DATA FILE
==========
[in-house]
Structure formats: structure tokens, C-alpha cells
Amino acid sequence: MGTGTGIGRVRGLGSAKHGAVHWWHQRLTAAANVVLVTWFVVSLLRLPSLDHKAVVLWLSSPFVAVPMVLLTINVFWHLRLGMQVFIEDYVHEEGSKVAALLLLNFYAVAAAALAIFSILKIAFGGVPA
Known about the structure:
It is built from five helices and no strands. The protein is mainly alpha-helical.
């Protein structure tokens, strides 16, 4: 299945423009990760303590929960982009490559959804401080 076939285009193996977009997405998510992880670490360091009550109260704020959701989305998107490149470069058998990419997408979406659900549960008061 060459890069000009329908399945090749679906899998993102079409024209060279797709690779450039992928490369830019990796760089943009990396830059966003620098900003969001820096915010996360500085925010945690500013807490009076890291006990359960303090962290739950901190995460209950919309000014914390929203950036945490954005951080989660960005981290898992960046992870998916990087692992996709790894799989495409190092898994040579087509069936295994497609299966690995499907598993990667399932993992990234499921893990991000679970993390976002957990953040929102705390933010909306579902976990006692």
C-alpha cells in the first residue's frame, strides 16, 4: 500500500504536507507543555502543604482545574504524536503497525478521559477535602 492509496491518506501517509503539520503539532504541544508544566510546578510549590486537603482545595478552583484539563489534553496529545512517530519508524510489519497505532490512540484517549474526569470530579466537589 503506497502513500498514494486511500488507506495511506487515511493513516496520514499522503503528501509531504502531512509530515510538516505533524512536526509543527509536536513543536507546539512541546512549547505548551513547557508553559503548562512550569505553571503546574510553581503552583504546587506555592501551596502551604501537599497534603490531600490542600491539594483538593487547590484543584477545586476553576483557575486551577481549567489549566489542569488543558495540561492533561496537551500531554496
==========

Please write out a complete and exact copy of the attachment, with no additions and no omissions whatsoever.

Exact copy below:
[in-house]
Structure formats: structure tokens, C-alpha cells
Amino acid sequence: MGTGTGIGRVRGLGSAKHGAVHWWHQRLTAAANVVLVTWFVVSLLRLPSLDHKAVVLWLSSPFVAVPMVLLTINVFWHLRLGMQVFIEDYVHEEGSKVAALLLLNFYAVAAAALAIFSILKIAFGGVPA
Known about the structure:
It is built from five helices and no strands. The protein is mainly alpha-helical.
């Protein structure tokens, strides 16, 4: 299945423009990760303590929960982009490559959804401080 076939285009193996977009997405998510992880670490360091009550109260704020959701989305998107490149470069058998990419997408979406659900549960008061 060459890069000009329908399945090749679906899998993102079409024209060279797709690779450039992928490369830019990796760089943009990396830059966003620098900003969001820096915010996360500085925010945690500013807490009076890291006990359960303090962290739950901190995460209950919309000014914390929203950036945490954005951080989660960005981290898992960046992870998916990087692992996709790894799989495409190092898994040579087509069936295994497609299966690995499907598993990667399932993992990234499921893990991000679970993390976002957990953040929102705390933010909306579902976990006692």
C-alpha cells in the first residue's frame, strides 16, 4: 500500500504536507507543555502543604482545574504524536503497525478521559477535602 492509496491518506501517509503539520503539532504541544508544566510546578510549590486537603482545595478552583484539563489534553496529545512517530519508524510489519497505532490512540484517549474526569470530579466537589 503506497502513500498514494486511500488507506495511506487515511493513516496520514499522503503528501509531504502531512509530515510538516505533524512536526509543527509536536513543536507546539512541546512549547505548551513547557508553559503548562512550569505553571503546574510553581503552583504546587506555592501551596502551604501537599497534603490531600490542600491539594483538593487547590484543584477545586476553576483557575486551577481549567489549566489542569488543558495540561492533561496537551500531554496